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“The Last Act of Lilka Kadison” begins with wings and ends with feathers. Between times, Evanston actors Nora Fiffer and Marilyn Dodds Frank, together with Chance Bone and Kareem Bandealy (new to the play last week) fill the scenes with the naiveté and wistfulness of truncated youth and the sarcasm of old age that strives to cover old wounds.
The play, at Lookingglass Theatre in Chicago’s old Water Tower, was inspired by the life and work of Johanna Cooper. It was written by Nicola Behrman, David Kersnar, Abbie Phillips, Heidi Stillman and Andrew White, three of whom are associated with the theatre company.
Just becoming a young woman, Lilka (Ms. Fiffer) is sent to market to try to get flour from a miller whose bill her family had not paid. Her cares are those of a typical Polish Jewish girl in the 1930s, when Hitler seemed only a whispered threat: poverty, siblings to care for, her gender barring the way to some aspirations. But these cares and duties also shelter her from a wilder world. Ben Ari Adler shows her this world with a puppet show he has brought to town, depicting in bawdy terms the love between Solomon and the Queen of Sheba. German tanks roll in, and the world changes. Now lovers, the two huddle for the night. Ben never returns from a trip to scout for food, and Lilka Kadison disappears.
Years later, cantankerous widow Lilith Fisher (Ms. Frank) of Los Angeles is seen picking fights with Menelik Kahn, her caregiver, and arguing on the telephone with her adult son. Although Lilith has learned that Ben was killed shortly after the invasion of Poland, he appears to her in her old age, seeming both to ease and to exacerbate the pain of the present. And that pain still overlays the pain of the past, catching Lilith between remembering and trying not to remember.
Time rolls out secrets. The prologue that promises that a newborn child has already seen and forgotten her life’s experience ends with the puppet master’s revelation of what is really within the Ark of the Covenant. Everything is at hand, it seems, but only some things are accessible at any given time.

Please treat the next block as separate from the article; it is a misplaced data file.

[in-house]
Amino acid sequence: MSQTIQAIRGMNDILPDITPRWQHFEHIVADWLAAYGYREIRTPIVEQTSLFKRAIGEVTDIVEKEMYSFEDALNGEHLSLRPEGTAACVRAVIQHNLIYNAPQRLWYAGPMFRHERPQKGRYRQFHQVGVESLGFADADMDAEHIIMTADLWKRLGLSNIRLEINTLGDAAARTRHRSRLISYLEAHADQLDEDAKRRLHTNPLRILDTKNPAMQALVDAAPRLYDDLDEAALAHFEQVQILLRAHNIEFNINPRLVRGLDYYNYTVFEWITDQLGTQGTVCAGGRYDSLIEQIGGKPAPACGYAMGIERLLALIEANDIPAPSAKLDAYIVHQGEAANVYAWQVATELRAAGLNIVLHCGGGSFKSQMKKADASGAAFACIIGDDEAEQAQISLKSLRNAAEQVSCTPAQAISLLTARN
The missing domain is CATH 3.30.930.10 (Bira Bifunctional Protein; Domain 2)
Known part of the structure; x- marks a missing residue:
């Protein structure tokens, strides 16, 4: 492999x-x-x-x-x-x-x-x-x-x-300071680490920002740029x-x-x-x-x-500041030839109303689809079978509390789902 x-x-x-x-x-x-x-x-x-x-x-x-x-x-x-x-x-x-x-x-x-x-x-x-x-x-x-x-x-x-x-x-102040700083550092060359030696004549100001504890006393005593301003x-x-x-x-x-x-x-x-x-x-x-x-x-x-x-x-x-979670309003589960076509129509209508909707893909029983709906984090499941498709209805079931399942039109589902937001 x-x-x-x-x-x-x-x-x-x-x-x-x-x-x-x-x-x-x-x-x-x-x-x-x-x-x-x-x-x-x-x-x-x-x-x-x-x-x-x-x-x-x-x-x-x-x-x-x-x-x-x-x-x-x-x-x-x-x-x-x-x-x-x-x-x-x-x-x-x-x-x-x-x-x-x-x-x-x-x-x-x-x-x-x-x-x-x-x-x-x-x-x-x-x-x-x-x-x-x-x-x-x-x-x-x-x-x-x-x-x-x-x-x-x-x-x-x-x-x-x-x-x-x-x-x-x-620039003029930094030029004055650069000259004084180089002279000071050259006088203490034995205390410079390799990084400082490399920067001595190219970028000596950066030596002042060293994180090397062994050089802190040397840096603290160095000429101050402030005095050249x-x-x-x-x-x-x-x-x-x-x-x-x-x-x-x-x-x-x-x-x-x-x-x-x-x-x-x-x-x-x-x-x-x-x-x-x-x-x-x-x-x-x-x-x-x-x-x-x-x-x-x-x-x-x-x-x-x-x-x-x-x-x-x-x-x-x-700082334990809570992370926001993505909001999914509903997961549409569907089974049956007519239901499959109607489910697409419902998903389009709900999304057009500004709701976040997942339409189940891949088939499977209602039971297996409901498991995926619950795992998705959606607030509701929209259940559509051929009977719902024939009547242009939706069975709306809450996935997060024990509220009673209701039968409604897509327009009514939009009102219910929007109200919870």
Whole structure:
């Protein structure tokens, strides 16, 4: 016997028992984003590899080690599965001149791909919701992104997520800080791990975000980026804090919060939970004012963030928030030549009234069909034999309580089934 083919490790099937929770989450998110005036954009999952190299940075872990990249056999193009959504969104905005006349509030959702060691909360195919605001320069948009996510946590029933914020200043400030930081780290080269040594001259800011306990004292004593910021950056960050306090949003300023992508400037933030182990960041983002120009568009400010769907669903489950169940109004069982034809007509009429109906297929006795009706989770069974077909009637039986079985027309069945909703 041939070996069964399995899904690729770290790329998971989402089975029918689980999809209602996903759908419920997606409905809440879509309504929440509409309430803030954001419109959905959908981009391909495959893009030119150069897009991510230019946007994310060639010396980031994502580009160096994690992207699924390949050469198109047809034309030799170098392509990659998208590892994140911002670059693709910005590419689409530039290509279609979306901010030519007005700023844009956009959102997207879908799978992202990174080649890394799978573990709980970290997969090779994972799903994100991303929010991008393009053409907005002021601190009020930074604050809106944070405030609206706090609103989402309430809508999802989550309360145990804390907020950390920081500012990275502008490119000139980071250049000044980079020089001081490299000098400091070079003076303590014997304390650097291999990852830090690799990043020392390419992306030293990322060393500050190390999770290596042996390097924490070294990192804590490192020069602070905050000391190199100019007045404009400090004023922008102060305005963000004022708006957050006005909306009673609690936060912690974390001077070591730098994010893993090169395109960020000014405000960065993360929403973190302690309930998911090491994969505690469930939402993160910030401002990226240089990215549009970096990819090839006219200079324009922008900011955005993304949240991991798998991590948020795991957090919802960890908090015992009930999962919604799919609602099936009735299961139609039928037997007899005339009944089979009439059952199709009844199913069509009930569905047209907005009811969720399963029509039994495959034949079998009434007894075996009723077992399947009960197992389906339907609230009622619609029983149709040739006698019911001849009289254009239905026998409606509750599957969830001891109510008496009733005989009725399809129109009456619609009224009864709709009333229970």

Time separates and memory unites the characters: Lilka and Lilith are separated by nothing more than a lifetime; Lilith and Ben by death. Menelik bridges the gap between the absent, living son and the present yet conjured lover.
But the great divide, the great devastation, is the Holocaust; no survivor is the same. Few echoes of Lilka are seen in Lilith Fisher; they may be two sides of a flattened coin. “You have two people who seem to be from opposite worlds, but they do have a lot in common,” said Ms. Fiffer in an interview with the RoundTable. “Lilka is stubborn and has her guard up as a default, but her time with Ben breaks that quality. But Lilith – it takes longer [to get her guard down] and people chip away at it. Lilka is able to experience joy and hope in a way that Lilith is incapable of. Her guard is up. With her son there is a stronger internal struggle than there is with her caregiver.”
This play with four actors, a puppet theatre and an imagined voice on the end of the telephone in this small theatre, draws the audience to itself. “The chemistry between the audience and the actors is different every night,” says Ms. Fiffer. An actor’s task is to “be true to the story and let the audience take away from it what they wish … What’s been so interesting about this play is that often audience members will stick around, wait for us to come out and tell us how the play touched them. They’ll say, for example, ‘My grandmother is a [Holocaust] survivor’. ‘I’m in the health-care profession’. ‘My mother died last year,’” she added.
These connections, whether among the actors or with the audience, will keep the “Last Act” going until its own last act, now scheduled for Aug. 21.